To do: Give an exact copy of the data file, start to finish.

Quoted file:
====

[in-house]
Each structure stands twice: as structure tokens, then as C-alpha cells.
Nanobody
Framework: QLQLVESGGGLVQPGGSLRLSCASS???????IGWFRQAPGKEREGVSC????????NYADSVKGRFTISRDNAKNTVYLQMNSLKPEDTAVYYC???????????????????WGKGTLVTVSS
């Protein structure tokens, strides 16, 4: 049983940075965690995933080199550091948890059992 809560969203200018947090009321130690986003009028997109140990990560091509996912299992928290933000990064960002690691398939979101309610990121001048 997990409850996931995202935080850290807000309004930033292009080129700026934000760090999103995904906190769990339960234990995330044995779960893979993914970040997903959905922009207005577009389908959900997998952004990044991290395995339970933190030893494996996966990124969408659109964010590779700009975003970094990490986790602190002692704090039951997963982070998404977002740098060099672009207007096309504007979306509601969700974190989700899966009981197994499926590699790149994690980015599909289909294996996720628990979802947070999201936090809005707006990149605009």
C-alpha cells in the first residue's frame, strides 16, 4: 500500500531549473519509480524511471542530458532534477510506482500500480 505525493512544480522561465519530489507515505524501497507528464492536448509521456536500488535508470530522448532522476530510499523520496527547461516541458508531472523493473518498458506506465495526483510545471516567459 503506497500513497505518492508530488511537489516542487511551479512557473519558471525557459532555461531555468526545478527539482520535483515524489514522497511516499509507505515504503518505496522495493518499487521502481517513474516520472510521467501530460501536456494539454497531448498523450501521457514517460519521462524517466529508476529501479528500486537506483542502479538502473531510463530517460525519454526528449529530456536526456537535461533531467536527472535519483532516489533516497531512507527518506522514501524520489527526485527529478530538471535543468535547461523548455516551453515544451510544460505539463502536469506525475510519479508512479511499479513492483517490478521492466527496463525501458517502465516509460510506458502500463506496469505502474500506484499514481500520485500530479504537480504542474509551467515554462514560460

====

[in-house]
Each structure stands twice: as structure tokens, then as C-alpha cells.
Nanobody
Framework: QLQLVESGGGLVQPGGSLRLSCASS???????IGWFRQAPGKEREGVSC????????NYADSVKGRFTISRDNAKNTVYLQMNSLKPEDTAVYYC???????????????????WGKGTLVTVSS
């Protein structure tokens, strides 16, 4: 049983940075965690995933080199550091948890059992 809560969203200018947090009321130690986003009028997109140990990560091509996912299992928290933000990064960002690691398939979101309610990121001048 997990409850996931995202935080850290807000309004930033292009080129700026934000760090999103995904906190769990339960234990995330044995779960893979993914970040997903959905922009207005577009389908959900997998952004990044991290395995339970933190030893494996996966990124969408659109964010590779700009975003970094990490986790602190002692704090039951997963982070998404977002740098060099672009207007096309504007979306509601969700974190989700899966009981197994499926590699790149994690980015599909289909294996996720628990979802947070999201936090809005707006990149605009």
C-alpha cells in the first residue's frame, strides 16, 4: 500500500531549473519509480524511471542530458532534477510506482500500480 505525493512544480522561465519530489507515505524501497507528464492536448509521456536500488535508470530522448532522476530510499523520496527547461516541458508531472523493473518498458506506465495526483510545471516567459 503506497500513497505518492508530488511537489516542487511551479512557473519558471525557459532555461531555468526545478527539482520535483515524489514522497511516499509507505515504503518505496522495493518499487521502481517513474516520472510521467501530460501536456494539454497531448498523450501521457514517460519521462524517466529508476529501479528500486537506483542502479538502473531510463530517460525519454526528449529530456536526456537535461533531467536527472535519483532516489533516497531512507527518506522514501524520489527526485527529478530538471535543468535547461523548455516551453515544451510544460505539463502536469506525475510519479508512479511499479513492483517490478521492466527496463525501458517502465516509460510506458502500463506496469505502474500506484499514481500520485500530479504537480504542474509551467515554462514560460